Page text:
Page:Twilight.djvu/251

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243
TWILIGHT

to account for the failure of our married life. He can say so no longer. "Women of genius have no sex!" It isn't true. Do you see me reddening as I write it? What about that little house in Westminster? Have you written to all the agents? Are you searching? Sunday night I was so happy. One large room there must be. Colour prints on the walls and chintz on the big sofas, my Staffordshire everywhere, a shrine somewhere, central place for the musicians; cushions of all shades of roses, some a pale green. I can't see the carpets or curtains yet. I incline to dark green for both. No, I am not frivolous, only emotional. I think I shall alter when we are together, begin to develop and grow uniform in the hothouse of your love, under the forcing glass of your great regard. It is into that house, under that glass I want to creep, to be warmed through, to blossom.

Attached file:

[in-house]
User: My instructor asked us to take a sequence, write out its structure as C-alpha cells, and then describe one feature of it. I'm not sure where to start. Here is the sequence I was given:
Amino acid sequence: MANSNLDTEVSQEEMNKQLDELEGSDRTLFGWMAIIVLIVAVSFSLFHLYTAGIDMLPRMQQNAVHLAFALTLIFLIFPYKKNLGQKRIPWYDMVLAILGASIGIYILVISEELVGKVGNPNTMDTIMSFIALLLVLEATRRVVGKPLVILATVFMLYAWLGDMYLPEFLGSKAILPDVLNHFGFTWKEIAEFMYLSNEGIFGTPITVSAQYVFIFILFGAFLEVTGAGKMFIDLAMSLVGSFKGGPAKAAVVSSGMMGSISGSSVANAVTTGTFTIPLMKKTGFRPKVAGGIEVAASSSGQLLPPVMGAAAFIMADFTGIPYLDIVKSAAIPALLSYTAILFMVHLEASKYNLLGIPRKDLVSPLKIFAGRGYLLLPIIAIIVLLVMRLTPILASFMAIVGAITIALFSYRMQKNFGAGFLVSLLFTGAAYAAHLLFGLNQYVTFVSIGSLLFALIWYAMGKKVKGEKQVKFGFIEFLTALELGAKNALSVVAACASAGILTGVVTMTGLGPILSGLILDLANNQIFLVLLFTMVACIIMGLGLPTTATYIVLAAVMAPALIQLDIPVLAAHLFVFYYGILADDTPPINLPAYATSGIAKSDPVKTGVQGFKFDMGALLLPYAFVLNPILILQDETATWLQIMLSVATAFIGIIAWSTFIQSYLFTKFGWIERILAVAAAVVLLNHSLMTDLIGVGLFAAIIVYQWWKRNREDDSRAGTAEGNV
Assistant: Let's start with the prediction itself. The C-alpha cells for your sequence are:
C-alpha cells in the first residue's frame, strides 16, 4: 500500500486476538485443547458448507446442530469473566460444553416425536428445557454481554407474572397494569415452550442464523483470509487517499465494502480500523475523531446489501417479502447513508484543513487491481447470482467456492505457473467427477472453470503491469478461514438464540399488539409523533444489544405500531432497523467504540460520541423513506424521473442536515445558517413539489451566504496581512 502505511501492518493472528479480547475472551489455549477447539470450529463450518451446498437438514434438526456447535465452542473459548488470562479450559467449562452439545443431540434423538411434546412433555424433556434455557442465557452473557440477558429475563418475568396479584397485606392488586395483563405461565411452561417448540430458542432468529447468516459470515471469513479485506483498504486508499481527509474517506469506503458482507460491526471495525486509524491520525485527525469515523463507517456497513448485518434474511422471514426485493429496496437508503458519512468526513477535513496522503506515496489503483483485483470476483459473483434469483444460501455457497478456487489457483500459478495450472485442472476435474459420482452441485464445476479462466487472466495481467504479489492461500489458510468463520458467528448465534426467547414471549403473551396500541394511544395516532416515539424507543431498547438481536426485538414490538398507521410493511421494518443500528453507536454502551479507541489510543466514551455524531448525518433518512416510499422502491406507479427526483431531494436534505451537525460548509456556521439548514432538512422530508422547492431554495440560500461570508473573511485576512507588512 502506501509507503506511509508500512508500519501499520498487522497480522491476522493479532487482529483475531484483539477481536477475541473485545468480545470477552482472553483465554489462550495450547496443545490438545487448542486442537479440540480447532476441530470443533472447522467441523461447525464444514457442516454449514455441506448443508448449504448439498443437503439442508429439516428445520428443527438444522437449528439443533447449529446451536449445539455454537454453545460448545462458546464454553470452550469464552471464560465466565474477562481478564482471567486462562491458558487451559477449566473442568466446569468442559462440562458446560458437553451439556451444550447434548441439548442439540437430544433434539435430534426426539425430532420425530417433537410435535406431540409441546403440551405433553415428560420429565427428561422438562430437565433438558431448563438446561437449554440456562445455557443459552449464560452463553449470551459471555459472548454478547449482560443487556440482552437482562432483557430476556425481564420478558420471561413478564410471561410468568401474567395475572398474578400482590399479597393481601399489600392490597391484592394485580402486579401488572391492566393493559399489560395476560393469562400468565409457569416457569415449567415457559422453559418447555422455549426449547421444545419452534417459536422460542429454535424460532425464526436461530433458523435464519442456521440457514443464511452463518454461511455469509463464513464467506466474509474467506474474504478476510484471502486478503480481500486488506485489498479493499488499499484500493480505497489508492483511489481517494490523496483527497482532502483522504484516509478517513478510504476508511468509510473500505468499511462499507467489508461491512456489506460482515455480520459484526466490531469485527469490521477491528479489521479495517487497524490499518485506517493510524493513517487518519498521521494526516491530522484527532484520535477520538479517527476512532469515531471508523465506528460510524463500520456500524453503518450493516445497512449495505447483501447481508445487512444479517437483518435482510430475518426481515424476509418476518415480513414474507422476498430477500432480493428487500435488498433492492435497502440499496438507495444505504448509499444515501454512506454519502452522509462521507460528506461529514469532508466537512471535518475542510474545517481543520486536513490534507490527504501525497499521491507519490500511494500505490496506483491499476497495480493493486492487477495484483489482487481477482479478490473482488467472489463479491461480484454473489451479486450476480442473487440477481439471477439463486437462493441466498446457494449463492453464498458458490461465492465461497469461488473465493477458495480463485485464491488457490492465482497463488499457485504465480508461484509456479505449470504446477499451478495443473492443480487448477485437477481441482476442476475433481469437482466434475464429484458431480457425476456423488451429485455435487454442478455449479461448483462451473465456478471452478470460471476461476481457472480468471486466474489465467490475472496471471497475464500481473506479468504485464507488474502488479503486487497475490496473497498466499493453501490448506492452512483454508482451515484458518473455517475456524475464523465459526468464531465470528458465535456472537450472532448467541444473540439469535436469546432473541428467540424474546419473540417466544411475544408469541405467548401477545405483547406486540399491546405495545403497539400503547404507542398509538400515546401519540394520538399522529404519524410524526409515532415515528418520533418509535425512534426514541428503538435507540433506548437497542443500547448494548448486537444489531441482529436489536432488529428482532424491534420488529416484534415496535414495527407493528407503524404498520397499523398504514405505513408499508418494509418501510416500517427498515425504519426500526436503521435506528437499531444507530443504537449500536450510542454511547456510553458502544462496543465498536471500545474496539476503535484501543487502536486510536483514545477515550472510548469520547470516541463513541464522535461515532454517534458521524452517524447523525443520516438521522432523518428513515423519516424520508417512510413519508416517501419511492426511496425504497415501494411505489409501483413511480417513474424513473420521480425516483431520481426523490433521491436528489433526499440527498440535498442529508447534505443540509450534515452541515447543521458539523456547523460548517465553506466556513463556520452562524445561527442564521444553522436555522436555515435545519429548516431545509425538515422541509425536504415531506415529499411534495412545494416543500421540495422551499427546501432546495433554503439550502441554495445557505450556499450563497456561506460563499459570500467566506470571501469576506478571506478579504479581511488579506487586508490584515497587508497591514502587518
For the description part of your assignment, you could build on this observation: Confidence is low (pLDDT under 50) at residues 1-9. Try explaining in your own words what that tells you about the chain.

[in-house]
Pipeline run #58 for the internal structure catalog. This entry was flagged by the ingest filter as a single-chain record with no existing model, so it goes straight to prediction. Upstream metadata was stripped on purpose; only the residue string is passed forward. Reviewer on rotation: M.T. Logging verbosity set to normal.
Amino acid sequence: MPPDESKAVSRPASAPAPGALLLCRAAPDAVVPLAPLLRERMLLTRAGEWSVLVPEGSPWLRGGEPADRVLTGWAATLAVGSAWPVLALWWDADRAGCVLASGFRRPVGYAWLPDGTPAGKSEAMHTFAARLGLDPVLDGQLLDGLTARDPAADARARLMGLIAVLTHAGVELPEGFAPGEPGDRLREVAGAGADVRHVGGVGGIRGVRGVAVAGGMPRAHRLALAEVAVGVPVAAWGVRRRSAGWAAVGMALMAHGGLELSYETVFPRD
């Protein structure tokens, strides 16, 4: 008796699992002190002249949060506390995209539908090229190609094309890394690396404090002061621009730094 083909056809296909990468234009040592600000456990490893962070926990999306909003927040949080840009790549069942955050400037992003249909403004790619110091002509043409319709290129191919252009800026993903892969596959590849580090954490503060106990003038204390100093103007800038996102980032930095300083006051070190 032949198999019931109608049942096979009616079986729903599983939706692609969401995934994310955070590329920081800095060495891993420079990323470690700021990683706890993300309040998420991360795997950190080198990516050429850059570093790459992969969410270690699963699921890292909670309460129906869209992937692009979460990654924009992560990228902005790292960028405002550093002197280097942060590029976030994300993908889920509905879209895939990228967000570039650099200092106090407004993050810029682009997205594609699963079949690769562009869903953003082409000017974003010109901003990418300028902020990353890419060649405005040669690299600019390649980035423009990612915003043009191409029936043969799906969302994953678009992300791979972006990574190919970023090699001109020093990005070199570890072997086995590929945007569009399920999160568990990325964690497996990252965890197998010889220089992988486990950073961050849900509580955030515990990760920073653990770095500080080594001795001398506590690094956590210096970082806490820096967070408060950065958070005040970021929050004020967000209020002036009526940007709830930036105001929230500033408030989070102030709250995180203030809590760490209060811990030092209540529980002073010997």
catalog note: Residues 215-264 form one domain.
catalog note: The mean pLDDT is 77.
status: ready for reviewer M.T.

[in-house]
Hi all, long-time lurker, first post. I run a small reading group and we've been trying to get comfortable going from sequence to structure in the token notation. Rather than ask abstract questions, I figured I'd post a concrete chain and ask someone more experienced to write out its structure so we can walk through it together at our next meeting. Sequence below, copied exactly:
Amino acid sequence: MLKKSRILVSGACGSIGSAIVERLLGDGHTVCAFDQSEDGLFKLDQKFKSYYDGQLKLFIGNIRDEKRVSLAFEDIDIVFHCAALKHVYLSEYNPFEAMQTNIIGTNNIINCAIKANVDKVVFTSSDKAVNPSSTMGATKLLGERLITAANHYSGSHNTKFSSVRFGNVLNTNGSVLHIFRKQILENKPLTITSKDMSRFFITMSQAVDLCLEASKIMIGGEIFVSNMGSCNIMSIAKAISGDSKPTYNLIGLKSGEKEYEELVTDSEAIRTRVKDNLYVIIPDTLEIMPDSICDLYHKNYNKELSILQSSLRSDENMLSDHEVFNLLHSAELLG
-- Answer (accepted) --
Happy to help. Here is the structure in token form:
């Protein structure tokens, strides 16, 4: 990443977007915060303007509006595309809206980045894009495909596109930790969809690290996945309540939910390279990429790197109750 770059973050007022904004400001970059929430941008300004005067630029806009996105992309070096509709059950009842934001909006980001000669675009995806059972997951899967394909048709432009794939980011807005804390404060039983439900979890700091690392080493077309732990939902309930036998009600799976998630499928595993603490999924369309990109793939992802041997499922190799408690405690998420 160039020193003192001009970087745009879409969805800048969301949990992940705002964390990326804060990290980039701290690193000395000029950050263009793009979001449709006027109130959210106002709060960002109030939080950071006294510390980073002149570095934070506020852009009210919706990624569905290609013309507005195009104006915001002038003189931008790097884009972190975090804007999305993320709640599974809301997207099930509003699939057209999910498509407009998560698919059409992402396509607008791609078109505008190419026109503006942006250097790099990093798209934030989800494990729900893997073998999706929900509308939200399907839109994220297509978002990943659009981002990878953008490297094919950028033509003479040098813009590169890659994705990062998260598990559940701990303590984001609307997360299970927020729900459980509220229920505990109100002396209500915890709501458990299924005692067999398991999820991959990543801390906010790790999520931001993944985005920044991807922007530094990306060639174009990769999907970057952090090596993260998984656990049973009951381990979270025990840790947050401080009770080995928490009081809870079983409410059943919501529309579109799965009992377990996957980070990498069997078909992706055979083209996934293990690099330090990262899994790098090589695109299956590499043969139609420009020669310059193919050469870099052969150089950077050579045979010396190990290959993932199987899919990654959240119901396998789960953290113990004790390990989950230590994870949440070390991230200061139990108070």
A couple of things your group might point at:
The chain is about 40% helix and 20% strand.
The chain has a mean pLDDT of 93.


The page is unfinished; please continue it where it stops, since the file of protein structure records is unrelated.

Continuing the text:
Picture me then as no longer unhappy or distressed, although all day I have neither worked nor played. Your letter healed me; take thanks for it therefore and come down Saturday as usual, with a plan of the house that is to be. (By the way, I must have dog stoves.) In a few days now I, or you, will tell my father and stepmother. The days crawl, each one emptier than the other, until the one that brings you. A rivierdici.

She sent it, but not the old ones back. She wanted to read them again, it would be an occupation for the evening. She would place them in order, together with his answers. She saw a story there. "The Love Tale of a Woman of Genius."